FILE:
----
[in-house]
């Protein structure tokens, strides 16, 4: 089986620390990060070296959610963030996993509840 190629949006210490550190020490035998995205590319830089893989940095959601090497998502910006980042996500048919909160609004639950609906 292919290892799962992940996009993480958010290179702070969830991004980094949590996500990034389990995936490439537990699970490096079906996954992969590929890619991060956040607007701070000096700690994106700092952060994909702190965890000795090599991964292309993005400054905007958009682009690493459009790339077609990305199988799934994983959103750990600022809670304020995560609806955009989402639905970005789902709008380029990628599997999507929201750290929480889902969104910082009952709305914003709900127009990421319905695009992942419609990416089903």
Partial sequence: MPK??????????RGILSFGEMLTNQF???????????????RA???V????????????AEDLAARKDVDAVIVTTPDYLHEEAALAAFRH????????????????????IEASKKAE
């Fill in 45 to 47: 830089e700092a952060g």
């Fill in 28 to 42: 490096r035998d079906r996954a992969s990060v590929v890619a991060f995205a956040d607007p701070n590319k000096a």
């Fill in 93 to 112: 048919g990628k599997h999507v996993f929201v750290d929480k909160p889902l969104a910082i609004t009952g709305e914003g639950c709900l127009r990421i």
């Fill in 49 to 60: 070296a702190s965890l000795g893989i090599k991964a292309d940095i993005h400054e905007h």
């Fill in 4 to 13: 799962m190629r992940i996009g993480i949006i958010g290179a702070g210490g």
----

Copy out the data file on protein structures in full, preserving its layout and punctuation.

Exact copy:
[in-house]
């Protein structure tokens, strides 16, 4: 089986620390990060070296959610963030996993509840 190629949006210490550190020490035998995205590319830089893989940095959601090497998502910006980042996500048919909160609004639950609906 292919290892799962992940996009993480958010290179702070969830991004980094949590996500990034389990995936490439537990699970490096079906996954992969590929890619991060956040607007701070000096700690994106700092952060994909702190965890000795090599991964292309993005400054905007958009682009690493459009790339077609990305199988799934994983959103750990600022809670304020995560609806955009989402639905970005789902709008380029990628599997999507929201750290929480889902969104910082009952709305914003709900127009990421319905695009992942419609990416089903």
Partial sequence: MPK??????????RGILSFGEMLTNQF???????????????RA???V????????????AEDLAARKDVDAVIVTTPDYLHEEAALAAFRH????????????????????IEASKKAE
């Fill in 45 to 47: 830089e700092a952060g």
């Fill in 28 to 42: 490096r035998d079906r996954a992969s990060v590929v890619a991060f995205a956040d607007p701070n590319k000096a």
């Fill in 93 to 112: 048919g990628k599997h999507v996993f929201v750290d929480k909160p889902l969104a910082i609004t009952g709305e914003g639950c709900l127009r990421i």
């Fill in 49 to 60: 070296a702190s965890l000795g893989i090599k991964a292309d940095i993005h400054e905007h």
């Fill in 4 to 13: 799962m190629r992940i996009g993480i949006i958010g290179a702070g210490g």